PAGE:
Date of Award
Doctor of Philosophy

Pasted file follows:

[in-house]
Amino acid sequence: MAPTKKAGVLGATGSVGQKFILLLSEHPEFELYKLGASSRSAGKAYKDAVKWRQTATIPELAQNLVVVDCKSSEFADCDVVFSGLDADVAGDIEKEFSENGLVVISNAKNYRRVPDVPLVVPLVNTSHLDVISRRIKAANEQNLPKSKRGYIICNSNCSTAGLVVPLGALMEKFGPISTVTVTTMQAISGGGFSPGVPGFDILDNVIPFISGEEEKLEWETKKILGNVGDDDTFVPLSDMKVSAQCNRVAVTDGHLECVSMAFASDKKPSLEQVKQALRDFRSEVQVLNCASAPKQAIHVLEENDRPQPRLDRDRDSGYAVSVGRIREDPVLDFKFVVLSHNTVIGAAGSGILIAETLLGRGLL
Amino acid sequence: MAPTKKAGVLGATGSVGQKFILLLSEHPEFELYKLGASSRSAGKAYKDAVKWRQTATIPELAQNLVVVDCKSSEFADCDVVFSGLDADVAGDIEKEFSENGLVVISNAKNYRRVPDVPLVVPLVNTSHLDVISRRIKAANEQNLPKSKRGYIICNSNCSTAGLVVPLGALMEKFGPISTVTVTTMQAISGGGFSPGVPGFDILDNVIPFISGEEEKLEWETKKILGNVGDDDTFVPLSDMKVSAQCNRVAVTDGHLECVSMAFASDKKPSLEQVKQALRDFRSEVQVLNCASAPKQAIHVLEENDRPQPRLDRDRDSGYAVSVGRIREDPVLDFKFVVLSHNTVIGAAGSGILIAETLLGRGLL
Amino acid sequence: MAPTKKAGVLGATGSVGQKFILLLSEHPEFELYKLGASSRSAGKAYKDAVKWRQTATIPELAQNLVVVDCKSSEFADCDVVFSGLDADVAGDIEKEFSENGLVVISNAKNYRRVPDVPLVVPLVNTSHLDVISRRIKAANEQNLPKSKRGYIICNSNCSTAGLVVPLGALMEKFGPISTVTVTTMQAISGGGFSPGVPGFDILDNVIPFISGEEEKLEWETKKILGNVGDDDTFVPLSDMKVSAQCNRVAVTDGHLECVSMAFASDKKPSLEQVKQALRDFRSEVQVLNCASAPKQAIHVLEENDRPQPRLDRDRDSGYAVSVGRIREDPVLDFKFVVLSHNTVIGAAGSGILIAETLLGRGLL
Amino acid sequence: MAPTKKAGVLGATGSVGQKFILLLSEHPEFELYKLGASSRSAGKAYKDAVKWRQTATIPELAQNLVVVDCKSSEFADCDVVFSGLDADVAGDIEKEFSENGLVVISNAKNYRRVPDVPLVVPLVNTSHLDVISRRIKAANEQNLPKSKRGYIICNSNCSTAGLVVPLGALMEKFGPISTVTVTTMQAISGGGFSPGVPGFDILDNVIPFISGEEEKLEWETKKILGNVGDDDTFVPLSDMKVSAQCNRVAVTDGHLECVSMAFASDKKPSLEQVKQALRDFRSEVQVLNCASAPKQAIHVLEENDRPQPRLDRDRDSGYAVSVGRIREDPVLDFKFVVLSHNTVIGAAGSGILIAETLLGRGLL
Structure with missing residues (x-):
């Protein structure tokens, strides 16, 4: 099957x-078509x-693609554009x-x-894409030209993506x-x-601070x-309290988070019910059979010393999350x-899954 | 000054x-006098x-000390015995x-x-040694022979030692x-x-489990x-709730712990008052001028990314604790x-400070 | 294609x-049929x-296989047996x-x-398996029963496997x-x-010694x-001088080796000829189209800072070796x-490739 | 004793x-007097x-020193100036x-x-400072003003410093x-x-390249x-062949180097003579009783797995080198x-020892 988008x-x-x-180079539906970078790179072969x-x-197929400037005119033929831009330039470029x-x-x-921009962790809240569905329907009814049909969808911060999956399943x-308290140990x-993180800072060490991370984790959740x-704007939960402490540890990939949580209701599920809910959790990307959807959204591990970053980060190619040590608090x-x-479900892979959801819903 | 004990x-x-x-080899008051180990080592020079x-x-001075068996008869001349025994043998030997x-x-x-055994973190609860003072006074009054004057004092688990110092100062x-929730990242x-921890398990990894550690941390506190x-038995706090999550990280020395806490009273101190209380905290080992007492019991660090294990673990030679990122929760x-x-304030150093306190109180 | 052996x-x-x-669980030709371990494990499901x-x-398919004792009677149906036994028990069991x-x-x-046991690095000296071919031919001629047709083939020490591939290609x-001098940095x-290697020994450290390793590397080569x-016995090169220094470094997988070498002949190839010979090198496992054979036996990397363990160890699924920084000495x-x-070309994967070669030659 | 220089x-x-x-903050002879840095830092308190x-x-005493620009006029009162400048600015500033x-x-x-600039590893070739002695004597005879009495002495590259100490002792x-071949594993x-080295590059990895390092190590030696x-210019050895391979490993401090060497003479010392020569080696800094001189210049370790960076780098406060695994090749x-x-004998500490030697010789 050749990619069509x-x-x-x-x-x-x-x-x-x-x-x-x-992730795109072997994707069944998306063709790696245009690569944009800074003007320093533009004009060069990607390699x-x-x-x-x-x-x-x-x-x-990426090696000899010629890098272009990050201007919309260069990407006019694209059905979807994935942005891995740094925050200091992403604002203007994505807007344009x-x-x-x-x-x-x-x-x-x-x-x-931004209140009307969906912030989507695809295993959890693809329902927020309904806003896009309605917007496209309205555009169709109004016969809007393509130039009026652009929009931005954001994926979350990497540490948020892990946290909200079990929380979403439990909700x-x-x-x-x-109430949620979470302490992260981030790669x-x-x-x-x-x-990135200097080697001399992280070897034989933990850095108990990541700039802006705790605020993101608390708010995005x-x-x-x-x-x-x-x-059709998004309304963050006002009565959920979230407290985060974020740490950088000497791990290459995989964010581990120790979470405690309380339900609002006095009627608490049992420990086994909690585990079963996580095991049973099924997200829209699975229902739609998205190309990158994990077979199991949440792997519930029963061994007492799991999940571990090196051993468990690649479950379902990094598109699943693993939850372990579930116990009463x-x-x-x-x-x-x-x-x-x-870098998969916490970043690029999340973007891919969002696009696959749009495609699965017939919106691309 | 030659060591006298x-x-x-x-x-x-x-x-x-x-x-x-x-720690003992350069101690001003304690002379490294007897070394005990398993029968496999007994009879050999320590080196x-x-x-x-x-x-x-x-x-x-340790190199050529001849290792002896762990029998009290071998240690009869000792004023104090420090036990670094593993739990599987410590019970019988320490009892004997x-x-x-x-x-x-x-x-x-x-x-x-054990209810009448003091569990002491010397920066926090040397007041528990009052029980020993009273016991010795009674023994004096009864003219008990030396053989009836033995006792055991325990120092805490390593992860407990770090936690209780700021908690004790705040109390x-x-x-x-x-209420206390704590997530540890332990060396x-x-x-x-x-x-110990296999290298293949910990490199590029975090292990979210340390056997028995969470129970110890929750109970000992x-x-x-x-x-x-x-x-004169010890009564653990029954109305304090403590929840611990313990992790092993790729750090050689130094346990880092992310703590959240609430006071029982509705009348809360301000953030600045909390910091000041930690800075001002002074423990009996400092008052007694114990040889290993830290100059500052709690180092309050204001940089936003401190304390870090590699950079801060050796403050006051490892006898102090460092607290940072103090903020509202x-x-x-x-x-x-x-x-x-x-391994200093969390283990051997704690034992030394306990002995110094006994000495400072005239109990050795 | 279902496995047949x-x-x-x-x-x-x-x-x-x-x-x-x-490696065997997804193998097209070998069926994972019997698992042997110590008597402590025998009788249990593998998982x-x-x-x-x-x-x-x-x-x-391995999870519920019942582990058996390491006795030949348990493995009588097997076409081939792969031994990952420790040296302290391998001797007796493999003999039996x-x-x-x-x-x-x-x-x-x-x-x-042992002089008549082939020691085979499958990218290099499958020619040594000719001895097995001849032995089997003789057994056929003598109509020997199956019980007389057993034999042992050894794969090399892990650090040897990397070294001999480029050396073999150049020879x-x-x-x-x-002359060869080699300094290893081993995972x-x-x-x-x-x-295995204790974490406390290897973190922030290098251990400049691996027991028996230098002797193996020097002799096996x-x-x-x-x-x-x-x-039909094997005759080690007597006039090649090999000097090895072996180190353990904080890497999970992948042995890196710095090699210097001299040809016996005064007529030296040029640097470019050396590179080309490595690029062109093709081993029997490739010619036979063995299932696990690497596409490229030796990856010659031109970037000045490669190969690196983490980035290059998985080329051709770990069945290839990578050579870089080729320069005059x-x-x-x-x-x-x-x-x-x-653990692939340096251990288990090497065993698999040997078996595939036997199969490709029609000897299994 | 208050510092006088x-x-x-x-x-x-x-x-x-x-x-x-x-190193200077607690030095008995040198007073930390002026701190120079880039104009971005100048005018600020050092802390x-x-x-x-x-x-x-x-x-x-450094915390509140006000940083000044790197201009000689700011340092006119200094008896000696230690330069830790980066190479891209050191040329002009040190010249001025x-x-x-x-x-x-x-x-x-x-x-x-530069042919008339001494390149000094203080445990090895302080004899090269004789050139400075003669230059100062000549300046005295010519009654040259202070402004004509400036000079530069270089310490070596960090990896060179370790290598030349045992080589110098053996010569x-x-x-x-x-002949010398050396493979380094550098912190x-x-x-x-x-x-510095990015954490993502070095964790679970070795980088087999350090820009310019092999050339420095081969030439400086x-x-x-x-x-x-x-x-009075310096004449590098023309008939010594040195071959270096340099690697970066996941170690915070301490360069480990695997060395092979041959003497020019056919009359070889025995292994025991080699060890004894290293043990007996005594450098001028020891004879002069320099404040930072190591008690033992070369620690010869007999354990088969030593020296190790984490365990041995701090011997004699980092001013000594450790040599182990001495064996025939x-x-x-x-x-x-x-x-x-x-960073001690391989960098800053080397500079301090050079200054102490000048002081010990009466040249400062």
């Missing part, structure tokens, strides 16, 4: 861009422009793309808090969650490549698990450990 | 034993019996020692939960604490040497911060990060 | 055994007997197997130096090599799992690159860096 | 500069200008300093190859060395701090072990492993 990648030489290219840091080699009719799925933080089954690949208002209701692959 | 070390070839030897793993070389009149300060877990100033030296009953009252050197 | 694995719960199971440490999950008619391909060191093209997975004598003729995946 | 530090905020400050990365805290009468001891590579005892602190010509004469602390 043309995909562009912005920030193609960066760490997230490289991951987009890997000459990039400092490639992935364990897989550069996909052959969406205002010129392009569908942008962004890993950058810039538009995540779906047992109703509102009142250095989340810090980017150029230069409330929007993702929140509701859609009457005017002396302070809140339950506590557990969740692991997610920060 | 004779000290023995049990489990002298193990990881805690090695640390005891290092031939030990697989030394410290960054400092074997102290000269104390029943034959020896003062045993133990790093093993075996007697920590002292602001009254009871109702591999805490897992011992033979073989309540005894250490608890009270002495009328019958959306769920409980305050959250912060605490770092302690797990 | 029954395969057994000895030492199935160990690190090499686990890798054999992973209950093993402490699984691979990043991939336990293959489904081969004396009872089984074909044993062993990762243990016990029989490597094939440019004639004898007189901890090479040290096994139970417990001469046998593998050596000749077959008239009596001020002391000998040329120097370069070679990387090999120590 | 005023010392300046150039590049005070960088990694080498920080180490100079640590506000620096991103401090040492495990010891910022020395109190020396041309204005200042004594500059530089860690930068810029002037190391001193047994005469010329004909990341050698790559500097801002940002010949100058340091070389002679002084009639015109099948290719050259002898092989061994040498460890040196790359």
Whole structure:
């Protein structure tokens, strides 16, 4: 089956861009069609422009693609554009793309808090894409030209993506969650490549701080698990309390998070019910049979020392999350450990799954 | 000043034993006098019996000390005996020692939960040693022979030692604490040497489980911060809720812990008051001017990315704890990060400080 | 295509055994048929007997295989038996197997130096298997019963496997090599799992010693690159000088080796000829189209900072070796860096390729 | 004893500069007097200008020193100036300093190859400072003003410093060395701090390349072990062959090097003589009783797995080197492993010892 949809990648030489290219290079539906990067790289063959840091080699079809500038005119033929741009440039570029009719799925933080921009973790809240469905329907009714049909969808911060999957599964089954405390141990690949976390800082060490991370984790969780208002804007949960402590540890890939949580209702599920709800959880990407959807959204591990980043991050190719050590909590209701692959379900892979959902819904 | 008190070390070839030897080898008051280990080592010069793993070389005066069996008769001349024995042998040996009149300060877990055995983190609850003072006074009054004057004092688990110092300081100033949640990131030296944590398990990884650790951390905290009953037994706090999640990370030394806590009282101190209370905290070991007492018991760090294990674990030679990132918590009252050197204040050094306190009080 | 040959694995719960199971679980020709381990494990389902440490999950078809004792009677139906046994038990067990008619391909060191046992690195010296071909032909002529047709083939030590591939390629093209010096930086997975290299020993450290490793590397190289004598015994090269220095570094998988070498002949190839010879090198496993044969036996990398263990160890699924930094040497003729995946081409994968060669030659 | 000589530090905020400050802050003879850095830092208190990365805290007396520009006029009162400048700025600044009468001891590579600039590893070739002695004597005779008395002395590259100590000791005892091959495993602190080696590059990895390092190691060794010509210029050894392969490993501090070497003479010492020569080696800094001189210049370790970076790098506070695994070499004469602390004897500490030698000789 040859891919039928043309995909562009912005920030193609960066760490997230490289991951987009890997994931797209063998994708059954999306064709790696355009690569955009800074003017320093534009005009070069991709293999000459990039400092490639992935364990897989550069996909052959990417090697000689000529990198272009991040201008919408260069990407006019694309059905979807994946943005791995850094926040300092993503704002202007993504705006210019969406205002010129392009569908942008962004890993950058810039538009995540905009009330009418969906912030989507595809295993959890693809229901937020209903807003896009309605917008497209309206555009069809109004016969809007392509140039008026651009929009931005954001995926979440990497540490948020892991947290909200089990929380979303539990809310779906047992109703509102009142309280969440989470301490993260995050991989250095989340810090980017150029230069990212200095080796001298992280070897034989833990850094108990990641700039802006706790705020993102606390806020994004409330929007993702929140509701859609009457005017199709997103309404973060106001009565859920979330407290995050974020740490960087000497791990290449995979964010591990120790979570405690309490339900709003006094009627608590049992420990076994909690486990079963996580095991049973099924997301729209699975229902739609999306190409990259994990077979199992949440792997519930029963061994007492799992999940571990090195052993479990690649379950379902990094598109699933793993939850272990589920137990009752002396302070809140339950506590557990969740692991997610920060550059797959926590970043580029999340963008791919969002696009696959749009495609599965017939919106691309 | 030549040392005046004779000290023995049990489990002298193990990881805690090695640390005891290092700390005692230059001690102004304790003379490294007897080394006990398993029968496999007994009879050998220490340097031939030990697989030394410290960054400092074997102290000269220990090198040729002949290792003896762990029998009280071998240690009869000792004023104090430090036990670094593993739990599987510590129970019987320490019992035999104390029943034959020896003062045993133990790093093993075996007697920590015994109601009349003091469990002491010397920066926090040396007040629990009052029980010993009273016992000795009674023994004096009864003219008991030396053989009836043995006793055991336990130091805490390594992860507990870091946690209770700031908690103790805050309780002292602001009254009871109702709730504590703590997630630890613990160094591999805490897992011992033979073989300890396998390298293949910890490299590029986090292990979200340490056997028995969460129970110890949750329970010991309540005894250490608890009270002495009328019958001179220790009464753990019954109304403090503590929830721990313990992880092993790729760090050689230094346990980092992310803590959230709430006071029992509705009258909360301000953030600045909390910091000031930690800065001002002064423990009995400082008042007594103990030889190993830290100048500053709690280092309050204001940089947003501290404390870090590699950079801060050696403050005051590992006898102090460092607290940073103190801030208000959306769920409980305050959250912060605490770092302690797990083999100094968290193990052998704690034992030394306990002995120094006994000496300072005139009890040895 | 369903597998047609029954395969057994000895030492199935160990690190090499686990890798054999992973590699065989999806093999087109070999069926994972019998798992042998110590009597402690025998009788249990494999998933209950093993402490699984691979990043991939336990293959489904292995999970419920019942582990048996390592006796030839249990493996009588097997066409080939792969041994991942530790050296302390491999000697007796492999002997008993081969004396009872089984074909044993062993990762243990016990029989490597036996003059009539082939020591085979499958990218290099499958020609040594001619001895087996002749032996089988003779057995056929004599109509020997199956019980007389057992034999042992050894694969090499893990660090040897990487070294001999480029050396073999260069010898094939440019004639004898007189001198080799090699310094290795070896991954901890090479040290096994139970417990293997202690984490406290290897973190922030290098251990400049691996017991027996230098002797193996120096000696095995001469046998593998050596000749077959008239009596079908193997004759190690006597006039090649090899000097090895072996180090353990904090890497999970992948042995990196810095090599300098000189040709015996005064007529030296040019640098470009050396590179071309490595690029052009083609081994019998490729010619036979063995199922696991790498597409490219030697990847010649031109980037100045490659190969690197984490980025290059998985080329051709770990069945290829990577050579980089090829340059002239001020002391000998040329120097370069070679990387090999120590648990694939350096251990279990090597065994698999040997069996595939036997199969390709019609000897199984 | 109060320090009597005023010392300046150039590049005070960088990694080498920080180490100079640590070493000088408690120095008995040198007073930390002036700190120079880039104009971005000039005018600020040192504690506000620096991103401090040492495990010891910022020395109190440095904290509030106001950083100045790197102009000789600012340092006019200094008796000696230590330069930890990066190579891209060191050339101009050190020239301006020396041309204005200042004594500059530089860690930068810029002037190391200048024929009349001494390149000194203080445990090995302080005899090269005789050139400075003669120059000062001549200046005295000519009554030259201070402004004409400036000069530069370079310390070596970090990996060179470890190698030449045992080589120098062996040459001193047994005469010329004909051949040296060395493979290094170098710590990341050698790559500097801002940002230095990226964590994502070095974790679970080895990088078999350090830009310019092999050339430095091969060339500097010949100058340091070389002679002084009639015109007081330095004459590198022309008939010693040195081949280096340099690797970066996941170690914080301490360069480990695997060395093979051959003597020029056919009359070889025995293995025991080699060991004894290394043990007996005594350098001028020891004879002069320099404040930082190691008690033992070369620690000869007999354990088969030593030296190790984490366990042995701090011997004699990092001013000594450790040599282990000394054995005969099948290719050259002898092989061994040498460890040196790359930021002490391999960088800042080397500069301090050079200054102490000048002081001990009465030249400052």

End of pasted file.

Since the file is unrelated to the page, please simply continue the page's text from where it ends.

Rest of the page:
Words matter. America was founded with a five-word mission statement: "All men are created equal." The nation's most successful politicians have understood the power of words. Theodore Roosevelt claimed the nation's chief executive could lay out his agenda from the "bully pulpit," while Franklin Delano Roosevelt calmed the public's fears throughout his term in office during regular fireside chats. Similarly, John F. Kennedy challenged the nation with his rhetoric to look beyond "what your country can do for you" and ask instead "what you can do for your country," while Barack Obama's speech at the Democratic National Convention in 2004 propelled him onto the national stage. Abraham Lincoln not only understood the power of words, but he knew how to use them to his advantage. Words were the secret to his success; indeed, they continue to serve his legacy well. While scholarly studies of Lincoln's rhetoric have steadily increased over the last fifteen years, the historiography remains consumed with his presidency. However, by beginning the story of Lincoln's eloquence in the White House, scholars have neglected his painfully revealing personal and literary evolution. Despite the thousands of books written about the sixteenth president, there has never been a full-length study devoted to his poetry. His intensely autobiographical poetry remains one of the last great untapped reservoirs for scholars. Not only does Lincoln's poetry reveal that he was engaged in a lifelong struggle to come to terms with loss, but his private poetry also found its way into his public speeches. In the process, he helped a nation find meaning in the confusion and tragedy of civil war.
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